Hearing Loss: What is it and what happens when you learn you have it?

June 14, 2018 0
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We used to believe hearing loss was a normal part of the aging process. Today we know hearing actually happens in the brain and our ears function more like funnels for sound. So, in simple and understandable terms, sounds around us are detected by our outer ear, the funnel.  Sound waves then travel from the outer ear, through to the middle ear. The ear drum then takes these sounds waves, amplifies them and turns them into vibrations. As the trickle effect continues, the vibrations travel to the inner ear. Within the inner ear there are tiny inner ear hair cells. These cells translate the vibrations into neural signals, which are then sent to the brain. The brain then interprets the neural signals it recognizes and we understand what we are hearing.

So, consequently, what happens when we can no longer recognize the neural signals our ears are sending to our brains? When the inner ear translates vibrations into neural signals, the signals have to travel through pathways in the brain made by years of use. As a result, this is how we understand sounds instantly – a dog bark, the leaves rustling, a friend’s voice. Over the years, many of us lose bits and pieces of our hearing capabilities. This typically happens slowly and over time. In many cases, the person with the hearing loss is the last person to know he/she has a hearing loss. So, as we begin to miss sounds, our brain slowly forgets the sound because it does not “hear” it anymore.

Hearing loss interferes with our ability to pick up environmental sounds clearly and then figure out the difference between speech noises and background noise, and recognize speech in general. The longer we wait to seek help for hearing loss, the more challenging it becomes for the person with hearing loss to rebuild speech and hearing capabilities. Hearing Aids can only work with the hearing you have left.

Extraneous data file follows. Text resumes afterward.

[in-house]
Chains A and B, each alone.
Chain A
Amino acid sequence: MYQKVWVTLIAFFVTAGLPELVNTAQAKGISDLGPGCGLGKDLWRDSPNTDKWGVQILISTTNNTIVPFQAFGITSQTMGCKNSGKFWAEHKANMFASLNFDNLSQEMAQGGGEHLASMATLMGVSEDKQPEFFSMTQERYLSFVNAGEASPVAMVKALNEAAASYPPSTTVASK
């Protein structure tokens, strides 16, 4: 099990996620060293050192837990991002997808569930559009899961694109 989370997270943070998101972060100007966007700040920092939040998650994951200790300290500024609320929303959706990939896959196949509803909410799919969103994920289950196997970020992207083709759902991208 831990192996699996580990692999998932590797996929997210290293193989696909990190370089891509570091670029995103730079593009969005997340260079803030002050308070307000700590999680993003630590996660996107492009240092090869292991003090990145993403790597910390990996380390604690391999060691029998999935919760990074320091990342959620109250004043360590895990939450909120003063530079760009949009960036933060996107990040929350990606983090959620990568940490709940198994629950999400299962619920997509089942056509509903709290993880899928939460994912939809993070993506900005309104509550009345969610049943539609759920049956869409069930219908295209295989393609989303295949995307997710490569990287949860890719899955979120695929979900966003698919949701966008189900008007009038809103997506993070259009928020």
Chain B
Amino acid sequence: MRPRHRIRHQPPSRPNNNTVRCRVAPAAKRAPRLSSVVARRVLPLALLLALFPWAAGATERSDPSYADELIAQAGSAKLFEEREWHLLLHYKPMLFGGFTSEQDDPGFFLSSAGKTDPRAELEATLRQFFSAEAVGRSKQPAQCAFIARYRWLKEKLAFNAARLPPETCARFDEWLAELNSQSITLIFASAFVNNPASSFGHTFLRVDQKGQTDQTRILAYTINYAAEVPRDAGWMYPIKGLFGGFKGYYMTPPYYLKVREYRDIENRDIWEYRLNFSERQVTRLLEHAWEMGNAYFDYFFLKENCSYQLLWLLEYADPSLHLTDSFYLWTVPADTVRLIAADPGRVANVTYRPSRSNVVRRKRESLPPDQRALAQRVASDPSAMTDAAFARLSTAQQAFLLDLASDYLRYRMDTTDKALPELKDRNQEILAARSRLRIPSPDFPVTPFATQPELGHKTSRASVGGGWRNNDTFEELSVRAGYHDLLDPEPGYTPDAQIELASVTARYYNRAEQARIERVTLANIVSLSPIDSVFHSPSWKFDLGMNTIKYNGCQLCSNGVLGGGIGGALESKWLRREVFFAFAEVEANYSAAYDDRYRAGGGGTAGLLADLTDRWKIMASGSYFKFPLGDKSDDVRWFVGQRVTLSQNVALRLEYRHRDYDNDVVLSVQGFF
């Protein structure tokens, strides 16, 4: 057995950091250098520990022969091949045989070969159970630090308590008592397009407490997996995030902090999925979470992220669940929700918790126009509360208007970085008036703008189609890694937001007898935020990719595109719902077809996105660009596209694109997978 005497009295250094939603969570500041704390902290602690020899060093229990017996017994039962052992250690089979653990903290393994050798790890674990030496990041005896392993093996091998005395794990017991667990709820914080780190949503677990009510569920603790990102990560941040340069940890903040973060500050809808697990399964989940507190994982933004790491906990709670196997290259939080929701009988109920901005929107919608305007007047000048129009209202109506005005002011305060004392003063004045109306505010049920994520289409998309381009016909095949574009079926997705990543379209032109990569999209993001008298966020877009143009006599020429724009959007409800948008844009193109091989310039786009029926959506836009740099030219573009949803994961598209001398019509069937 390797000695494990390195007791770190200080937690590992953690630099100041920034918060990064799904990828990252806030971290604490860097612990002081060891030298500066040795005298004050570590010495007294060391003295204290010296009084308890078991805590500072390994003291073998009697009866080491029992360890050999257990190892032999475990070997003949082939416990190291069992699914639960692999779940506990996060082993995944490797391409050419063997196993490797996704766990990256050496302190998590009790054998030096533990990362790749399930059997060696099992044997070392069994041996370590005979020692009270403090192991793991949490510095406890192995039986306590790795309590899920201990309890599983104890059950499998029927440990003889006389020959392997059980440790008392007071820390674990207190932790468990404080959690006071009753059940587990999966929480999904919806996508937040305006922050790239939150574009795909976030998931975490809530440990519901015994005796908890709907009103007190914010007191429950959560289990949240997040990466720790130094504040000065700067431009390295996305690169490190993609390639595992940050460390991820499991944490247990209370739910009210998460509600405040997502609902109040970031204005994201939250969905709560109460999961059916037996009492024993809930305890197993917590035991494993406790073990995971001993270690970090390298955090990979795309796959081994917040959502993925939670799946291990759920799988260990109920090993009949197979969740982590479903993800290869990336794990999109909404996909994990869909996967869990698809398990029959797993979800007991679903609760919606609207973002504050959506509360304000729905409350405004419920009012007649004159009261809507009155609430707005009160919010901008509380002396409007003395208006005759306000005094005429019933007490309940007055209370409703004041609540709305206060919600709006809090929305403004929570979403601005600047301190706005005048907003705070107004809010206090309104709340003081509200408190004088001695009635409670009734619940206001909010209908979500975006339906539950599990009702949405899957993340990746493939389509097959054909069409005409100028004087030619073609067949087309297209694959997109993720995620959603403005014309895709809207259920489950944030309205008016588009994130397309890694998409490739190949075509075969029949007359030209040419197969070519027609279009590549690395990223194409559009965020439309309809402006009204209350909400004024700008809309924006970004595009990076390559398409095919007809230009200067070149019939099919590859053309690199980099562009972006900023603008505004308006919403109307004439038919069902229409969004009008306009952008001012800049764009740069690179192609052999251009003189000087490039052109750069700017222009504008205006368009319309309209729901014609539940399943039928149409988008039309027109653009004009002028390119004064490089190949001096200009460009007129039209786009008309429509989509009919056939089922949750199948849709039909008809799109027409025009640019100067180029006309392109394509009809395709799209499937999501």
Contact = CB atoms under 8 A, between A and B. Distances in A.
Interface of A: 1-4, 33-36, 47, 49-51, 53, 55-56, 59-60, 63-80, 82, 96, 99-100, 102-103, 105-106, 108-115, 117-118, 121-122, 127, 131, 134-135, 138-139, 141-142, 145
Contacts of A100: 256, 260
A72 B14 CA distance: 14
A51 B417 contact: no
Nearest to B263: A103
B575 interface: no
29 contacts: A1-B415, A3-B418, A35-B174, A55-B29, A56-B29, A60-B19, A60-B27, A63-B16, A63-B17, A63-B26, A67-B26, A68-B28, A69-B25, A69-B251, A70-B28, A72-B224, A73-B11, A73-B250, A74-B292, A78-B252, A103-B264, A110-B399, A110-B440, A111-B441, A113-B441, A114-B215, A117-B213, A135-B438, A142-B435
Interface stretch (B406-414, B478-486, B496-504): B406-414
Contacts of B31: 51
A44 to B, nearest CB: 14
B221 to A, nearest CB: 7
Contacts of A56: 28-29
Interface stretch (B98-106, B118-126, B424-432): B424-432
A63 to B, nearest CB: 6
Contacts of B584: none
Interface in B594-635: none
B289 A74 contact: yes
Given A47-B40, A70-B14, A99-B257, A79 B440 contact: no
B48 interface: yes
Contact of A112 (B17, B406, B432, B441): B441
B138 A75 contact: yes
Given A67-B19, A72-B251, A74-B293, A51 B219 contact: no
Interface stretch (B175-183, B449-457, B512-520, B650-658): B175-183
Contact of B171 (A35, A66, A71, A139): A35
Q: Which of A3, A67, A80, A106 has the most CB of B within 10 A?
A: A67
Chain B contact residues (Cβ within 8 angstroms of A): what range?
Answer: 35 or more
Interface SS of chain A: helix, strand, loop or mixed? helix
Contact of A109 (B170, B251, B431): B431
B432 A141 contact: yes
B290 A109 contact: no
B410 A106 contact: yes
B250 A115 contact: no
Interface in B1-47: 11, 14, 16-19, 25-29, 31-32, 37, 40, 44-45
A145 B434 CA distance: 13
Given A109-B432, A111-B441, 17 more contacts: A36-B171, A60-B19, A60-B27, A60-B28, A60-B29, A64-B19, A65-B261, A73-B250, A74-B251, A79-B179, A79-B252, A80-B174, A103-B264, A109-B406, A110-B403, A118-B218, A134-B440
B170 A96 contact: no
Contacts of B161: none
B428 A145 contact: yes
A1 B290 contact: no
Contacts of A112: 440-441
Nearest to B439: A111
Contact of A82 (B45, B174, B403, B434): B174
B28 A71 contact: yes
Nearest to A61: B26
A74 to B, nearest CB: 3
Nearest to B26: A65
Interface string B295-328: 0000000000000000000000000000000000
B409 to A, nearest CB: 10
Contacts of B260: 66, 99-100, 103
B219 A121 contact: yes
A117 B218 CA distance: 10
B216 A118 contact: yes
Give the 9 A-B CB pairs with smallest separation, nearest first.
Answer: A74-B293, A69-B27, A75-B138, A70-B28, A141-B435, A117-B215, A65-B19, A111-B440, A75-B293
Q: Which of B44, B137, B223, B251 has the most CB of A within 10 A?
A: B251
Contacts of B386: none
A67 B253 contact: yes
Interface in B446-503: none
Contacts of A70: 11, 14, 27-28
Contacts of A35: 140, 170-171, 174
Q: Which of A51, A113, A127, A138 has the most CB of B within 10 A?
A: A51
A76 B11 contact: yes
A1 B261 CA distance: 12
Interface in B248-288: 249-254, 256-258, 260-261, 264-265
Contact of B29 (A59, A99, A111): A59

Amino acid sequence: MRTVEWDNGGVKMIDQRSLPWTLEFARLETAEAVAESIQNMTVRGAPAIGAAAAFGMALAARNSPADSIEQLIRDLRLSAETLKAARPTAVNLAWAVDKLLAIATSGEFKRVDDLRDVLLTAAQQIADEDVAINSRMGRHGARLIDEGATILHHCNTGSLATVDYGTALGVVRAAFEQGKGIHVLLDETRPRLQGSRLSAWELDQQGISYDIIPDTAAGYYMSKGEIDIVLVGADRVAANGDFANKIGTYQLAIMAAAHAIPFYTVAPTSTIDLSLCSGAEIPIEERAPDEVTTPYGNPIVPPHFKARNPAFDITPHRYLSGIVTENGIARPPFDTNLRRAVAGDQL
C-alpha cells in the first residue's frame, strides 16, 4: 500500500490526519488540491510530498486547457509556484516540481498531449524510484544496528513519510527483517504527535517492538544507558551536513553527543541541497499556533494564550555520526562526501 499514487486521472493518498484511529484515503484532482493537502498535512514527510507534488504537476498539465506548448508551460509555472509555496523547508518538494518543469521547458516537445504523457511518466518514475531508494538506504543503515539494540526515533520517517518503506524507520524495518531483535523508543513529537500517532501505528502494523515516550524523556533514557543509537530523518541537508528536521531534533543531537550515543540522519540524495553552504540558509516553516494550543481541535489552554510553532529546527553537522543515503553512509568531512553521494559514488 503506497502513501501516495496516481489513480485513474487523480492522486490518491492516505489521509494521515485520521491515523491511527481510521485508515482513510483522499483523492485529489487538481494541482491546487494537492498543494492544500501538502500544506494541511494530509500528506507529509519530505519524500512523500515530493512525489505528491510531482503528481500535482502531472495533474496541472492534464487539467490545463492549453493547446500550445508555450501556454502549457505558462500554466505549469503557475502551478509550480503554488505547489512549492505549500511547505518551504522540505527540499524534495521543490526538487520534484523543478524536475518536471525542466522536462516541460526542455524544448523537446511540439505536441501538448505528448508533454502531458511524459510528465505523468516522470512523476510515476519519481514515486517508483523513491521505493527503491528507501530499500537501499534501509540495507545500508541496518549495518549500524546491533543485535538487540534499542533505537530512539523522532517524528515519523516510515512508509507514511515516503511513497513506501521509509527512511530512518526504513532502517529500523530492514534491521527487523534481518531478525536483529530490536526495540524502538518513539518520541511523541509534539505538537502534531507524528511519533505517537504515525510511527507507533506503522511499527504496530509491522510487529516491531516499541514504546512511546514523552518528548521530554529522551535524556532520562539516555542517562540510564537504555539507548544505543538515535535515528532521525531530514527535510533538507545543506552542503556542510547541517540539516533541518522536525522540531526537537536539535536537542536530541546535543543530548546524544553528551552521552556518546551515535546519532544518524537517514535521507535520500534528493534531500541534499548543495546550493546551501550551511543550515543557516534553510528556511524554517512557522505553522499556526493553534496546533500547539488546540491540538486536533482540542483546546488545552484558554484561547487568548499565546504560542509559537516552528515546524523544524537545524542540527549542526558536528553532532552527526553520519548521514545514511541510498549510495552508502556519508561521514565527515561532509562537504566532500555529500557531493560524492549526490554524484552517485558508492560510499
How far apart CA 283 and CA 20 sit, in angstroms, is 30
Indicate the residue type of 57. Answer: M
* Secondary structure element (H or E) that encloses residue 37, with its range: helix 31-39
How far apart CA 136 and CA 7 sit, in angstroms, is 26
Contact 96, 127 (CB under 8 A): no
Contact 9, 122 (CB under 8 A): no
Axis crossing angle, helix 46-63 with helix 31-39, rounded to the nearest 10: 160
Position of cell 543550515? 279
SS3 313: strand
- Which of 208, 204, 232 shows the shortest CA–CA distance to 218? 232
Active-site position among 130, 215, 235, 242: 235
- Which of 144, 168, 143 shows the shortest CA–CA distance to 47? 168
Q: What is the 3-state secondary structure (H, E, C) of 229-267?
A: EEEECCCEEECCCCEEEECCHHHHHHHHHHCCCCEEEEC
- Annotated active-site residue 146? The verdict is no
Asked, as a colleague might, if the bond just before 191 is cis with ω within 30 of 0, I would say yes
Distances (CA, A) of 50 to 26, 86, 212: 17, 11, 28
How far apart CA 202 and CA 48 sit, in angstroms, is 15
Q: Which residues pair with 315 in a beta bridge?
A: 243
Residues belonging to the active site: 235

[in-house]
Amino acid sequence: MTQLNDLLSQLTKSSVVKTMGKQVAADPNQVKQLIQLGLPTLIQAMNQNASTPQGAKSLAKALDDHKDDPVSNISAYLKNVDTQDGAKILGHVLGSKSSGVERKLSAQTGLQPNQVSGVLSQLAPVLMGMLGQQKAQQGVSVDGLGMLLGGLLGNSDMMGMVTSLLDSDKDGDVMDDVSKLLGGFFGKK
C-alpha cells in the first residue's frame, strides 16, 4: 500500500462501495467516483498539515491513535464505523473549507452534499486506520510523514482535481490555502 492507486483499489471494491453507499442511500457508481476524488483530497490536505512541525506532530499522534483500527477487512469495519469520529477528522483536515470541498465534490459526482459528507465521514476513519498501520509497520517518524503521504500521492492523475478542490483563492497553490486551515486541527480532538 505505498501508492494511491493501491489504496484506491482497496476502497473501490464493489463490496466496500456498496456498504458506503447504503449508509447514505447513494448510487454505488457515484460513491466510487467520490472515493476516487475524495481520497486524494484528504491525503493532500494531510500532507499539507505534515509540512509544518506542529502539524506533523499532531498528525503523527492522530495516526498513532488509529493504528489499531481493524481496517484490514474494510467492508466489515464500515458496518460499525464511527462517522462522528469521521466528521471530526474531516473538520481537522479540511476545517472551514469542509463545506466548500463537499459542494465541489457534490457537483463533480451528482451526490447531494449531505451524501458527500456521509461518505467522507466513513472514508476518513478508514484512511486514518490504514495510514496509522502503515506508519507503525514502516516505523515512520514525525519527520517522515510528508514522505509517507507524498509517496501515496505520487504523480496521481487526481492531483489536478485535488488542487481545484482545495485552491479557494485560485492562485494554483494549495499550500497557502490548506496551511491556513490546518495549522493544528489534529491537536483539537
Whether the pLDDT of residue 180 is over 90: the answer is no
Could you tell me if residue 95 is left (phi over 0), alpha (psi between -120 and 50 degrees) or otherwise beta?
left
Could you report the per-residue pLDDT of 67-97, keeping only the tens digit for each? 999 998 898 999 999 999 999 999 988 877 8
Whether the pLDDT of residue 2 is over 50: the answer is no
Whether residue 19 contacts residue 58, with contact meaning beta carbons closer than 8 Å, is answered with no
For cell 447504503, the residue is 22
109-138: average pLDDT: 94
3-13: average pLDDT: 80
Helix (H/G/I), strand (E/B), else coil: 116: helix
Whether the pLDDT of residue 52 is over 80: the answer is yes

Untreated Hearing Loss

According to The Hearing Loss Association of America, “people wait an average of seven years from the time they first experience changes in their hearing to the time they decide to seek treatment.” Seven years is a long time for your brain to go without hearing certain sounds. Because hearing loss occurs gradually over time, the majority of people instinctively change their behaviors to accommodate their new hearing challenges. For example, when a person with hearing loss watches TV, you may notice the volume has significantly increased over time. Or telephone conversations may occur less often or involve loud speech when they do.  You may even find yourself asking people to repeat themselves or you may misunderstand the things people say.

Untreated hearing loss has been linked to an increased risk for dementia, depression, stress, and anxiety.

According to a recent study from Johns Hopkins University, “hearing loss has the potential to increase one’s risk for developing dementia. Because hearing takes place in the brain, untreated hearing loss places a heavier cognitive load on the brain. This extra burden to sort out sounds and make sense of unclear sound signals could be taxing on the brain and take away from other processes. Additionally, the social withdrawal that comes from untreated hearing loss contributes to a risk for dementia.”

Treating Hearing Loss

Did you know hearing loss is the third most common medical condition in the US, behind only arthritis and heart disease? In fact, adults with hearing loss have shown to develop significant impairment in their cognitive abilities 3.2 years sooner than those without hearing loss. People with only mild untreated hearing loss have shown to be two times more likely to develop dementia. With moderate untreated hearing loss that number is three times more likely, and with severe untreated hearing loss you jump to five times more likely to develop dementia.

We’ve hear all the reasons for not seeking hearing help before: “hearing aids are ugly,” “they don’t work,” “they are bulky” and the most famous, “I feel old wearing hearing aids!” If you feel old wearing hearing aids, imagine how others feel when they speak with you without hearing aids on. In the end, this is your brain function. It’s the only brain you’ll have and we want you to be able to use it.

Leaving hearing loss untreated could has been shown to significantly impact the quality of one’s life, and the lives of those around you. Even more, the hearing aids available today are not your grandparent’s hearing aids from decades past! With wireless connectivity, Bluetooth capabilities and nearly invisible designs, today’s hearing aids work quickly and intelligently, fitting into your life seamlessly and affordably!

There’s no reason to live with untreated hearing loss. To schedule a FREE hearing test and FREE Audiological Consultation, contact us today at Physicians Hearing Solutions (401) 921-0181 or www.PHSDOCS.com.

 


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